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Country Hams - Smithfield Ham and Other Good Ham Brands

Updated on January 31, 2011

Country Ham

Country Ham refers to a popular type of American Ham, known for its richly salty taste. The process of curing and smoking Country Ham originates from the Southern States of America such as Virginia, Tennessee, and North Carolina (Kentucky and Georgia have good country hams too).  Country Hams are also often referred to as Virginia Ham.  This salty ham is a popular favorite around the holidays and is the delicious element on southern ham biscuits - a dish served at weddings and other celebrations. Red eye gravy is made from country ham drippings as well.

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cooked hamA Country Hamham soaking in a tub
cooked ham
cooked ham
A Country Ham
A Country Ham | Source
ham soaking in a tub
ham soaking in a tub

How Country Hams are Made

Hams are cut and trimmed and then cured with salt and other ingredients such as sugar and pepper. Each maker of Country Hams has their own secret additives for the curing rub mix. Once the hams are rolled and rubbed with the curing salt mix, they cure for at least a month, sometimes longer so that the ham absorbs the salt thoroughly.

After the curing period, the hams are washed and hung for a couple of weeks to dry. In order to qualify as a "Country Ham," they must lose nearly 20% of their weight during the curing process (As mandated by the Department of Agriculture, they have to lose at least 17% of their weight to legally be advertised as "country Ham"). Most of this weight is lost in the drying room.

After hanging to dry, the hams are placed in an aging room, where the temperature is hot - around 80 degrees. This is where the flavor works its way throughout the meat - the longer the ham hangs, the stronger the overall flavor. Hams typically age for several months - though some are aged for several years! Some Country Ham makers will smoke their hams for sveral days prior to aging, to give it a unique flavor.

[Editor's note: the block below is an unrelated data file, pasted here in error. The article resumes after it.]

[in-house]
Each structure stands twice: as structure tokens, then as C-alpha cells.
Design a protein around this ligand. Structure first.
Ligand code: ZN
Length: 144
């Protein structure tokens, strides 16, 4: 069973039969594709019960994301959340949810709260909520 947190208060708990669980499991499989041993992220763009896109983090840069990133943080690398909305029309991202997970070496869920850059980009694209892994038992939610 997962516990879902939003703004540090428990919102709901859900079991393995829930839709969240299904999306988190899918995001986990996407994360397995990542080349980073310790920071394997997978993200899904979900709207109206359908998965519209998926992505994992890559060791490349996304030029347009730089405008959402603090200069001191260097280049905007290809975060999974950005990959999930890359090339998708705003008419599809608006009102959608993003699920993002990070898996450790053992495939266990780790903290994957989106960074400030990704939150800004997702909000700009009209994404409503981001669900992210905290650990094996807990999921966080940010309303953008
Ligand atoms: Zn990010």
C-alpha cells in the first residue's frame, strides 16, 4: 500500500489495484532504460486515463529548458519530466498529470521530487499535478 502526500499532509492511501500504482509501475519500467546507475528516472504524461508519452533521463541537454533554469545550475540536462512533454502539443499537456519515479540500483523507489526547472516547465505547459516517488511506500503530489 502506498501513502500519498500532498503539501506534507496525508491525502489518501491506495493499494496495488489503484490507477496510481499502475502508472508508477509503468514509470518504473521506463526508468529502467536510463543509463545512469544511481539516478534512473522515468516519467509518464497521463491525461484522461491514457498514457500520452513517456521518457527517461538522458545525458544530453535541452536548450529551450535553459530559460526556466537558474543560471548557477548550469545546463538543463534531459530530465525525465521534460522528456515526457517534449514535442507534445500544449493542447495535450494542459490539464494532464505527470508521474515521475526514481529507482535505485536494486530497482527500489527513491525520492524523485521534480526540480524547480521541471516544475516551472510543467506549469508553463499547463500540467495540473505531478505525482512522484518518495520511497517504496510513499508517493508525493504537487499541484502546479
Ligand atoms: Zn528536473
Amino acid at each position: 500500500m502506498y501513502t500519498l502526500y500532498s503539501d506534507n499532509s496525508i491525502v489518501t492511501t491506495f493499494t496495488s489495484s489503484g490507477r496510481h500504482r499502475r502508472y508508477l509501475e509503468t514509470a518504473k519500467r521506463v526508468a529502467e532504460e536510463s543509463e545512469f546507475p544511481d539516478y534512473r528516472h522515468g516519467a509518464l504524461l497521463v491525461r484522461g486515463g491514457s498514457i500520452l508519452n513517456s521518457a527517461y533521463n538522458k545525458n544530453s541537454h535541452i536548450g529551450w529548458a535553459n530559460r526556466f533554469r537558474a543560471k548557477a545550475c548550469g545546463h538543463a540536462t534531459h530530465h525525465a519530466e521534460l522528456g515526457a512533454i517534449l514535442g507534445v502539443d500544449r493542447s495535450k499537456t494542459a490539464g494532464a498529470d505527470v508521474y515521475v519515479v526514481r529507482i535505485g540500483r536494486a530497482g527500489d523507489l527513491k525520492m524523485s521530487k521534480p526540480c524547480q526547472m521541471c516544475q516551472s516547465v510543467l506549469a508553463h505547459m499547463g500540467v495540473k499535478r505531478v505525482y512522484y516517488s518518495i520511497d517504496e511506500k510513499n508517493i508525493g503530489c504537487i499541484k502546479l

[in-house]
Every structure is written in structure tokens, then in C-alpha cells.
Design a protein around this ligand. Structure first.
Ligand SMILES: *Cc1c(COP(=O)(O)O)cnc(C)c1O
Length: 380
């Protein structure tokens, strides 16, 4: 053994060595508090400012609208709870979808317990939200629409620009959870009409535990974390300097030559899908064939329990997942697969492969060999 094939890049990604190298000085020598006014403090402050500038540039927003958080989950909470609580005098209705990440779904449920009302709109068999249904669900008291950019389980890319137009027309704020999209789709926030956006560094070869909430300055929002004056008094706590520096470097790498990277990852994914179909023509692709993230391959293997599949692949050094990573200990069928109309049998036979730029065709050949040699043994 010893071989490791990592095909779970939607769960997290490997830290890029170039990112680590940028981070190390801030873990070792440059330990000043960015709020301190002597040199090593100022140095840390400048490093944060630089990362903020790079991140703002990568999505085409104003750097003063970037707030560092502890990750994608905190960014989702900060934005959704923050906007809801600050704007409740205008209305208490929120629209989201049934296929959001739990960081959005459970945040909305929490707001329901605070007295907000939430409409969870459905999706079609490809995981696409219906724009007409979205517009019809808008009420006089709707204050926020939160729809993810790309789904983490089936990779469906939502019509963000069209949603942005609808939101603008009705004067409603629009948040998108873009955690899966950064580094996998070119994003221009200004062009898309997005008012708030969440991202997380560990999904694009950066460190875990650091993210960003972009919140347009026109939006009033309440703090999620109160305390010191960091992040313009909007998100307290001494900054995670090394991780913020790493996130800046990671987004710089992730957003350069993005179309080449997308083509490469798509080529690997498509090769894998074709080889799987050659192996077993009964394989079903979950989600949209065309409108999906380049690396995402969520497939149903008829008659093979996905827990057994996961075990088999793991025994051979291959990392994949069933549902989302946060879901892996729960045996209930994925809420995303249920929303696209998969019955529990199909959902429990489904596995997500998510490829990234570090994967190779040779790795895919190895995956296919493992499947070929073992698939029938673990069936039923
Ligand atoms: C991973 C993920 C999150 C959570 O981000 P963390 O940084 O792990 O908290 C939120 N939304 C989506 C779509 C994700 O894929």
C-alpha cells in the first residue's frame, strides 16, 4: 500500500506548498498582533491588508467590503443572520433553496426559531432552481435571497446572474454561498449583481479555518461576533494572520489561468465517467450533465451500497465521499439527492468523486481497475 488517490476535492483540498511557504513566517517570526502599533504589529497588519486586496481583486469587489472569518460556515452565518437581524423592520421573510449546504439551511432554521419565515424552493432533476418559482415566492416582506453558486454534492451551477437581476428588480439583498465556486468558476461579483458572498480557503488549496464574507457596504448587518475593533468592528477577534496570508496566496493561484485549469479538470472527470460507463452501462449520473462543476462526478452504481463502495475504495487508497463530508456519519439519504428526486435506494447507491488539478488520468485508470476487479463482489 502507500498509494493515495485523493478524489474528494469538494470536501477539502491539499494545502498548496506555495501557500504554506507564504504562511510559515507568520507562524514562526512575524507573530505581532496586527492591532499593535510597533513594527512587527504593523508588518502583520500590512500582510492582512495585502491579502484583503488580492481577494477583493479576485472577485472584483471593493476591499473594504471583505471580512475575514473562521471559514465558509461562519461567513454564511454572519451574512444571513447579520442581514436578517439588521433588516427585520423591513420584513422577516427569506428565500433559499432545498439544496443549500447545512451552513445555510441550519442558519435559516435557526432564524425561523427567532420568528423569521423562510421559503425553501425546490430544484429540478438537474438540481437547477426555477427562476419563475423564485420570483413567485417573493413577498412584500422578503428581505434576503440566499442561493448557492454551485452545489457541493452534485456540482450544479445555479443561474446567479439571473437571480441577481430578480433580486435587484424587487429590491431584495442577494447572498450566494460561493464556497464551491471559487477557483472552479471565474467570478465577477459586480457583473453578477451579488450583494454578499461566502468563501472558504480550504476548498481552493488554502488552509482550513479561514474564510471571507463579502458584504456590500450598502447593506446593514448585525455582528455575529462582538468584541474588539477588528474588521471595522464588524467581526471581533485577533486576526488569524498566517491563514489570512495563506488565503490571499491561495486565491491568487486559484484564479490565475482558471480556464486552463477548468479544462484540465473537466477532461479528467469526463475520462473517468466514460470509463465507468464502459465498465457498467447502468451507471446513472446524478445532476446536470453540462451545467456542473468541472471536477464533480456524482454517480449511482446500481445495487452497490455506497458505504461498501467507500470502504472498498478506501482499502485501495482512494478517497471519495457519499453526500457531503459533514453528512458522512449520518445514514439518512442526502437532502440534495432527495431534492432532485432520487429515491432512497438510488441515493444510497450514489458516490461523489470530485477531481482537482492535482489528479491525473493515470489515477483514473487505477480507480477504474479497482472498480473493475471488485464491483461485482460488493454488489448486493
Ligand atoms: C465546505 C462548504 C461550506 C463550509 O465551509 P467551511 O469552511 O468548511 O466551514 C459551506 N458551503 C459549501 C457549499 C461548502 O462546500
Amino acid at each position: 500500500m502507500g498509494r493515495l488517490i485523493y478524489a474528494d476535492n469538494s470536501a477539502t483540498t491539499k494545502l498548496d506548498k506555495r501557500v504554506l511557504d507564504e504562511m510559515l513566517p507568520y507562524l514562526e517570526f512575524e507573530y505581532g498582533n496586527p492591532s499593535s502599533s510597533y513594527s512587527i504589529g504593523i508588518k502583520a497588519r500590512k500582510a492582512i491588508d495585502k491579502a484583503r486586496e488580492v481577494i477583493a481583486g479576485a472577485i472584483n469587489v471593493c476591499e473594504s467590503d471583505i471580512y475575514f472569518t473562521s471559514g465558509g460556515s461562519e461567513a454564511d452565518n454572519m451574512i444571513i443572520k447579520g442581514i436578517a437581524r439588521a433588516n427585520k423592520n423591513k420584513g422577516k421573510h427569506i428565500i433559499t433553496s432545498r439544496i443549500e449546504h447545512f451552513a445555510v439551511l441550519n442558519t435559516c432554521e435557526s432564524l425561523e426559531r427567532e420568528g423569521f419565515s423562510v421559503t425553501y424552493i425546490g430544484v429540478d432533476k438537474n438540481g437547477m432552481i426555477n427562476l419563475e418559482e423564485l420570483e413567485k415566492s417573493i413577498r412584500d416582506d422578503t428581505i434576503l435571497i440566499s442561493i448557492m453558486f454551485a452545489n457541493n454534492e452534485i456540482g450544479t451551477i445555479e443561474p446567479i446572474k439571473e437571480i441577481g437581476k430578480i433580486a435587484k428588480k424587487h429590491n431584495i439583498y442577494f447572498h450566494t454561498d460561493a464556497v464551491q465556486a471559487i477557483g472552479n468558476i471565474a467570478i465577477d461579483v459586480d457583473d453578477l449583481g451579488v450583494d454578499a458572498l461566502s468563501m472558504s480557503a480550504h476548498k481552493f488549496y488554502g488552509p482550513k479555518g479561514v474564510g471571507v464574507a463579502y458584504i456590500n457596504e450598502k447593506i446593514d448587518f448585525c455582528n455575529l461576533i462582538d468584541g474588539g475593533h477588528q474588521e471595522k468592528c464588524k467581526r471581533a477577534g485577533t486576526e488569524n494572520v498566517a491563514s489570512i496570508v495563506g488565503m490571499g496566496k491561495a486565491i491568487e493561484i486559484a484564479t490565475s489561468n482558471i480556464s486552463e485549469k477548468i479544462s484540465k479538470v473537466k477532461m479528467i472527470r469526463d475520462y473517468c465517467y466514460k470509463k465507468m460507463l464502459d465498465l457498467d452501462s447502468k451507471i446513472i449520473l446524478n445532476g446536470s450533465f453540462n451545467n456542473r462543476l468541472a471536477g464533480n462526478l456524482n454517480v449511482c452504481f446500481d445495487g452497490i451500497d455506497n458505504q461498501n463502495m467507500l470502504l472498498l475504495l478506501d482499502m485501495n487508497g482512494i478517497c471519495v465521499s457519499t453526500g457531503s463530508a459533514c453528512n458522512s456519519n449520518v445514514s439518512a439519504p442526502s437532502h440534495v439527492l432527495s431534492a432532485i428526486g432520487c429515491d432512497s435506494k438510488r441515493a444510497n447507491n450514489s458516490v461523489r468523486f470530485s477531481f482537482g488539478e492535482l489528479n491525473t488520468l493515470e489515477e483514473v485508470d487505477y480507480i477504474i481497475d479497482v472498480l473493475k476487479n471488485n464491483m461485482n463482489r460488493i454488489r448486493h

Where To Buy Country Hams

Some of the most popular styles of Country Ham are Virginia Hams - Smithfield Ham is the most well known. Wayco, from North Carolina makes a very good Country Ham as well. You can also try Edwards Hams - sold by Virginia Traditions. All three of these hams are available for purchase online.  Kite's Hams is also a popular brand, having come in first place in several Virginia State fairs and national ham shows. 

How to Prepare and "Cook" Country Ham

Hams are purchased by weight - 7-12 lbs with the bone-in is a typically good sized country ham. When you get a Country Ham you must scrub the salt cure and mold off of the surface then soak it in a big pot or tub for at least half a day...the longer the soak, the more salt cure comes out. Since this is a very salty ham, you want to make sure you soak it for a long time.

The best way to cook a country ham is to boil/simmer it (though some folks prefer to fry it). To do this, you cut off the ham hock (which you can use for beans or a stock) and then completely submerse it in fresh, cold water for half a day. Then, change the water and bring it to a boil, then back it off to simmer, covered, for 20 minutes per pound. DO NOT BOIL. Once this is done, remove from heat, let it cool down then cut off the rind, wrap in foil and place in the fridge.

Baking Country Ham is similar to boiling it, except you place the ham, skin side up in a deep roaster, with hot water added until it is just about 2 inches from the top of the roaster (with the ham in it). You then bake the ham for 10 minutes at 350 F then reduce the oven temperature to 250 F and bake for another 20 minutes per pound.

Whether you bake or boil, you should cook the ham at least a day or two before you plan on serving it.


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      5 years ago

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